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Clara Barton: "The Angel Of The Battlefields"
by [?]

David was Clara’s favorite brother. So athletic was he, and so fond of all forms of out-of-door life and exercise, that he was no less than a hero to the little sister, who watched him with intense admiration, and in her secret heart determined that some day and in some way she, too, would be brave and daring.

Having decided this in her own mind, when David suggested teaching her to ride, she was delighted, and, hiding her fear, at once took her first lesson on one of the beautiful blooded colts which were a feature of her father’s farm. In her Story of My Childhood she says: “It was David’s delight to take me, a little girl five years old, to the field, seize a couple of those beautiful grazing creatures, broken only to the halter and bit, and, gathering the reins of both bridles in one hand, throw me on the back of one colt, spring on the other himself, and, catching me by the foot and bidding me ‘cling fast to the mane,’ gallop away over field and fen, in and out among the other colts, in wild glee like ourselves. They were merry rides we took. This was my riding-school. I never had any other, but it served me well…. Sometimes in later years when I found myself on a strange horse, in a troop saddle, flying for life or liberty in front of pursuit, I blessed the baby lessons of the wild gallops among the colts.”

And so it was that the child grew strong in body and alert in mind, while the routine of daily farm duties, when she was not at school or galloping over the fields with David, developed her in concentration and in inventive ability. Housekeeping at that time was crude, and most of the necessary articles used were made at home. There were no matches. The flint snapped by the lock was the only way of lighting a fire. Garments were homespun, and home-made food was dried, canned and cooked in large quantities by the busy housekeeper. Although there was always a fire blazing on the hearth of the home, it was thought to be a religious duty to have the meeting-house unheated on the Sabbath day. Little Clara, who was particularly susceptible to cold, bore the bitter chill of the building as bravely as she could, each week in the long winter, but one Sunday as she sat in the big pew, not daring to swing her feet, they grew more and more numb until at last, when she was obliged to stand on them, she fell over–her poor little feet were frozen, and she had to be carried home and thawed out!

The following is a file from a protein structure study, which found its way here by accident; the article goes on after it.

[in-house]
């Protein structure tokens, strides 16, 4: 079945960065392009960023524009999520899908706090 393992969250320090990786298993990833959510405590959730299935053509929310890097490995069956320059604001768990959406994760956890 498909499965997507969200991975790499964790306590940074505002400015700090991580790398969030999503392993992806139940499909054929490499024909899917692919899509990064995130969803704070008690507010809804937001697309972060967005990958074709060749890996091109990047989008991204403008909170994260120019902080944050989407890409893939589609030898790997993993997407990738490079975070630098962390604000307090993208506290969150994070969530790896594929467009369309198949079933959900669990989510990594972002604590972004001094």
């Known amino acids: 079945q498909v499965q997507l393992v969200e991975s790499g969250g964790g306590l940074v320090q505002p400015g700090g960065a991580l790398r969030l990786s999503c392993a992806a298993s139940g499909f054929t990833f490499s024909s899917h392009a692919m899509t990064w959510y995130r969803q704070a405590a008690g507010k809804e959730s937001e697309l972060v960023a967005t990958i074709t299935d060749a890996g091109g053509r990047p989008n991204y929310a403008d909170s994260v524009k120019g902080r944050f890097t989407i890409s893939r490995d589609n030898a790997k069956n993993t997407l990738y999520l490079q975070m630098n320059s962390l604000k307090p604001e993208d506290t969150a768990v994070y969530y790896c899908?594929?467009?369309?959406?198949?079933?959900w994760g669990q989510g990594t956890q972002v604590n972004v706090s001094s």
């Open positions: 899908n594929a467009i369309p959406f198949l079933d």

When she was eight years old her father left his hill farm and moved down to the Learned house, a much bigger farm of three hundred acres, with the brook-like French river winding through its broad meadows, and three great barns standing in the lowlands between the hill and the house. Stephen and David remained on the hill to work their small farms there, and the other sisters stayed there, but Clara was not lonesome in the new home in the valley, for at that time she had as playmates the four children of Captain Barton’s nephew, who had recently died. With them Clara played hide-and-seek in the big hay-mows, and other interesting games. Her most marked characteristic then and for many years afterward was her excessive shyness, yet when there was anything to do which did not include conversation she was always the champion. At times she was so bashful that even speaking to an intimate friend was often an agony to her, and it is said she once stayed home from meeting on Sunday rather than tell her mother that her gloves were too worn out to wear!

Inside the new house she found many fascinating things to do, and did them with eager interest. The house was being redecorated, and Clara went from room to room, watching the workmen, and even learned to grind and mix paints. Then she turned her attention to the paperers, who were so much amused with the child’s cleverness that they showed her how to match, trim and hang paper, and in every room they good-naturedly let her paste up some piece of the decoration, so she felt that the house was truly hers, and never lost her affection for it in any of her later wanderings or changes of residence.